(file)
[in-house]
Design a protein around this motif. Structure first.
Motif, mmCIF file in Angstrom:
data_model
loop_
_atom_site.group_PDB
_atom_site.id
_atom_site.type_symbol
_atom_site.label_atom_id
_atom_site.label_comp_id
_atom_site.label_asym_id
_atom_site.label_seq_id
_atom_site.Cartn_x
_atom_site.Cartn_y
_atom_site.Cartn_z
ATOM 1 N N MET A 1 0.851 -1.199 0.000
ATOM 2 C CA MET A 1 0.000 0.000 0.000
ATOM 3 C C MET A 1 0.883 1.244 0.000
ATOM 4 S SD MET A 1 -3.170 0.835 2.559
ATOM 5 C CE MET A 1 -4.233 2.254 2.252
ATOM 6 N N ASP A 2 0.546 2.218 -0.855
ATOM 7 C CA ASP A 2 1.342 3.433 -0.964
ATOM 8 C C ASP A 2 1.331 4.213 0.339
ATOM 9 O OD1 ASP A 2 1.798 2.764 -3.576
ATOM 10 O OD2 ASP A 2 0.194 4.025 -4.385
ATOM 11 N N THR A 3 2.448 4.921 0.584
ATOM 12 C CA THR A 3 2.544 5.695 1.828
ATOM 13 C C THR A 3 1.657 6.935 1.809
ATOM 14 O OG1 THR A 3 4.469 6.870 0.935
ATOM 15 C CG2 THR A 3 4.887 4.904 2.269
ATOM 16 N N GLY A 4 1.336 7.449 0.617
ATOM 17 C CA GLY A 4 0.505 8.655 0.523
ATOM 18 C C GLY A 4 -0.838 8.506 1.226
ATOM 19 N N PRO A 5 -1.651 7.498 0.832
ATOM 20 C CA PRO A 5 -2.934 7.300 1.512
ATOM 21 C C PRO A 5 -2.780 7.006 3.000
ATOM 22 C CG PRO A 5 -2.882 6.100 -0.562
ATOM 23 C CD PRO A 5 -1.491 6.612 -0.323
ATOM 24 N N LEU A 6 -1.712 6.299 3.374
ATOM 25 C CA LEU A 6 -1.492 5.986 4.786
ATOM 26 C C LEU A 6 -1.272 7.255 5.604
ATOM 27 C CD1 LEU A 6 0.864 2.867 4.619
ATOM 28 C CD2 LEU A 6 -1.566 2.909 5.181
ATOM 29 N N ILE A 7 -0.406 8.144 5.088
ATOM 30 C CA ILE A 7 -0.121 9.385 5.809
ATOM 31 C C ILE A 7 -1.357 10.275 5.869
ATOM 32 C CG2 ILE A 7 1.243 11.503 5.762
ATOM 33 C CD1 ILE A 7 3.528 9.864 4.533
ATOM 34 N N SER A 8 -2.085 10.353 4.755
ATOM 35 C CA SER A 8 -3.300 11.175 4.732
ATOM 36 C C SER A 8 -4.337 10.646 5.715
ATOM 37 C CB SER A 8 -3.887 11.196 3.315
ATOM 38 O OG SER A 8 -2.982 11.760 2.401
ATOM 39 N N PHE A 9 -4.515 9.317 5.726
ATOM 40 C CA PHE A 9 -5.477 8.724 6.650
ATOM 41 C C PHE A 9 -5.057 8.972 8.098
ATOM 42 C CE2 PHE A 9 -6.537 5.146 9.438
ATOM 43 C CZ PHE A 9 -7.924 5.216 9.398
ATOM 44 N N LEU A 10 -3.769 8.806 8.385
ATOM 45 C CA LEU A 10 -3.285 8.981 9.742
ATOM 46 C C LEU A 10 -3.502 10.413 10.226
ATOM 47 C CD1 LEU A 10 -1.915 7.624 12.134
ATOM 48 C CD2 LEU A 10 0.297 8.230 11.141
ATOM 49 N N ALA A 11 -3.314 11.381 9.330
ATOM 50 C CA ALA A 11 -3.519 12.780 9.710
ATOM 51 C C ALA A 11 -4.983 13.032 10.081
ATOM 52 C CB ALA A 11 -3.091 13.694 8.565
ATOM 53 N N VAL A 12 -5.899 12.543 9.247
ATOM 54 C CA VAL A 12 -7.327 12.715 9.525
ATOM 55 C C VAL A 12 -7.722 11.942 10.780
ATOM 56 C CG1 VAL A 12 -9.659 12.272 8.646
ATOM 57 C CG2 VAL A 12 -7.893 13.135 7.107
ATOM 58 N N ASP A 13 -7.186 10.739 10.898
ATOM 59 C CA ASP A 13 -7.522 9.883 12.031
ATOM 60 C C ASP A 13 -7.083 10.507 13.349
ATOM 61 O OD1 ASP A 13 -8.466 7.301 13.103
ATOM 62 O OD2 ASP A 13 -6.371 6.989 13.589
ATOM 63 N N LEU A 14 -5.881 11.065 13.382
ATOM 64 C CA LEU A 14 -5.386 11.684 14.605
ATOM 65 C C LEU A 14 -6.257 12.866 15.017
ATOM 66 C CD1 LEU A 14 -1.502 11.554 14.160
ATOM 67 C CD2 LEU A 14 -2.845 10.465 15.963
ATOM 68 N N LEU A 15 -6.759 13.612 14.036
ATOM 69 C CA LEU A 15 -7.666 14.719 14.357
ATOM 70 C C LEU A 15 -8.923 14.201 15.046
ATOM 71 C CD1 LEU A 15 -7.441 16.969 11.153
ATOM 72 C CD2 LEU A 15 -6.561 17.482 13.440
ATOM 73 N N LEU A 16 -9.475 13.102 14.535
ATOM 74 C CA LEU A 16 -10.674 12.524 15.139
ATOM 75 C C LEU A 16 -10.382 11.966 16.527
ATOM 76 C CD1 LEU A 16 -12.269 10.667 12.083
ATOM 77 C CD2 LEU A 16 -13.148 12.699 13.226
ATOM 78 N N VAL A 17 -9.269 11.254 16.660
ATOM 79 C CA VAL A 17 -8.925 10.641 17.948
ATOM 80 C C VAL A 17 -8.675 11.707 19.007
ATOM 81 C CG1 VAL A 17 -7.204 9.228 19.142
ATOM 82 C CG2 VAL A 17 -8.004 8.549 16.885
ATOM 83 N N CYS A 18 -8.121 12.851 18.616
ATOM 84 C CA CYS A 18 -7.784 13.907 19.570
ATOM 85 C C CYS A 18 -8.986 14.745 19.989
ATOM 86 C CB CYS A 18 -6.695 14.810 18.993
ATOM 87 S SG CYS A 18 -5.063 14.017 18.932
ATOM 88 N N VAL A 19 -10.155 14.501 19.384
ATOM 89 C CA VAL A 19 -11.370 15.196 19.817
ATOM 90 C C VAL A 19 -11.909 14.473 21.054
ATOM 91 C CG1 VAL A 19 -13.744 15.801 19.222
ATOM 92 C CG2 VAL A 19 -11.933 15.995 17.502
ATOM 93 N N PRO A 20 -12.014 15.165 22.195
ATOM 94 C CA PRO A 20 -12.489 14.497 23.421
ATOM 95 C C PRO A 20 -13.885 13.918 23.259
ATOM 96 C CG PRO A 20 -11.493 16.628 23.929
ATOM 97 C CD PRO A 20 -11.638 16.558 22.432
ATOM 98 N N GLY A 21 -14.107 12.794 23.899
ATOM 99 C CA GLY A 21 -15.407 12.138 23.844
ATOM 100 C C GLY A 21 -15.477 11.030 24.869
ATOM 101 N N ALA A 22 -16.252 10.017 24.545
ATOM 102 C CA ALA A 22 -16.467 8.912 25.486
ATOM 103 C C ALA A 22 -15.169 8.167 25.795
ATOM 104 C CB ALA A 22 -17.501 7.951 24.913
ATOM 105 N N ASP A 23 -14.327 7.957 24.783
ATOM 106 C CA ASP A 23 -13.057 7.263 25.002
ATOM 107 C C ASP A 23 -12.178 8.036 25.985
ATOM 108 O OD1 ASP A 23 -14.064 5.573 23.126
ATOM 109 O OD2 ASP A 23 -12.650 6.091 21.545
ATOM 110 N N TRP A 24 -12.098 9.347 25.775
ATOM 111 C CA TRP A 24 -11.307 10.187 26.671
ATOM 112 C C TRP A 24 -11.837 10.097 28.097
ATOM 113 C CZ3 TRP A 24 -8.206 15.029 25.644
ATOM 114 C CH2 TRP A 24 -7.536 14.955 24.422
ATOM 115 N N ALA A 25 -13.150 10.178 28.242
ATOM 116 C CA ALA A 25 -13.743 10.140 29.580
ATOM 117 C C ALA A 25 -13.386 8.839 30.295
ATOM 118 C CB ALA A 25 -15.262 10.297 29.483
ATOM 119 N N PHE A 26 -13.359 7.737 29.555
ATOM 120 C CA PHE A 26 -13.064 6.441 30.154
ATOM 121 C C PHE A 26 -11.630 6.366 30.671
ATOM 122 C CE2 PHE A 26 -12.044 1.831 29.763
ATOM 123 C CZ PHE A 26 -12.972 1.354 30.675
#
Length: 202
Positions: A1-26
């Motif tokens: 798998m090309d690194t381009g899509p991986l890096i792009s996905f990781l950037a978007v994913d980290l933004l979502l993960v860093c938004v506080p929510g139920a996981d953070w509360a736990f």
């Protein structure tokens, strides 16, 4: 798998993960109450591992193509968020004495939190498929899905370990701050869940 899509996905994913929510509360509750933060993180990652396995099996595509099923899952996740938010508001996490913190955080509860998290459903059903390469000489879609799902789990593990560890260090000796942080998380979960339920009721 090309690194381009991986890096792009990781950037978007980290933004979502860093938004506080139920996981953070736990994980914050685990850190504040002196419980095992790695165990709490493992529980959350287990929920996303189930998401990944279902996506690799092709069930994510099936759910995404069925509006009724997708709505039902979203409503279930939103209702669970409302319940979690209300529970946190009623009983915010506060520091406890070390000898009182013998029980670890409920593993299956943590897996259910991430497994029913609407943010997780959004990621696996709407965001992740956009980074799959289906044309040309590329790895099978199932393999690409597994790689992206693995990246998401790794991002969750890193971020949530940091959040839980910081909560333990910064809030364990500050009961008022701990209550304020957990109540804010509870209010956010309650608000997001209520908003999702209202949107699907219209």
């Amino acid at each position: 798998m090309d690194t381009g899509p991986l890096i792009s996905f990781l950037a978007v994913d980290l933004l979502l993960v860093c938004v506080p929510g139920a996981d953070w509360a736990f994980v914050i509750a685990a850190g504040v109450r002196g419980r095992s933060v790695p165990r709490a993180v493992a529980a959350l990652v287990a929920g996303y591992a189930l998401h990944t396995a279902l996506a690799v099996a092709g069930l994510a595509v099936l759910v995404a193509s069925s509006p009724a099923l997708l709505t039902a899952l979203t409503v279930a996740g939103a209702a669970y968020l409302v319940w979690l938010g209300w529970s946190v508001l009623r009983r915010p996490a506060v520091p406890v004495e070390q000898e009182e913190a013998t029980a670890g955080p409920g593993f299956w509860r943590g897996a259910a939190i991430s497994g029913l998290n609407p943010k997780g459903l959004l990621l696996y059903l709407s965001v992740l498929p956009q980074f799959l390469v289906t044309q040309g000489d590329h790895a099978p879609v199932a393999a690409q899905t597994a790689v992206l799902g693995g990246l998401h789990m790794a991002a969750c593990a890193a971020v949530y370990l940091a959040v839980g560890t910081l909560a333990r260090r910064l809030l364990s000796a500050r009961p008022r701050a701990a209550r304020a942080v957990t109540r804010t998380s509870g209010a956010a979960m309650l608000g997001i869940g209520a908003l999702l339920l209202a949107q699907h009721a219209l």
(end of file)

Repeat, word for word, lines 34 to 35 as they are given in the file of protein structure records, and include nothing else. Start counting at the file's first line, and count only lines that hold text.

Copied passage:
ATOM 19 N N PRO A 5 -1.651 7.498 0.832
ATOM 20 C CA PRO A 5 -2.934 7.300 1.512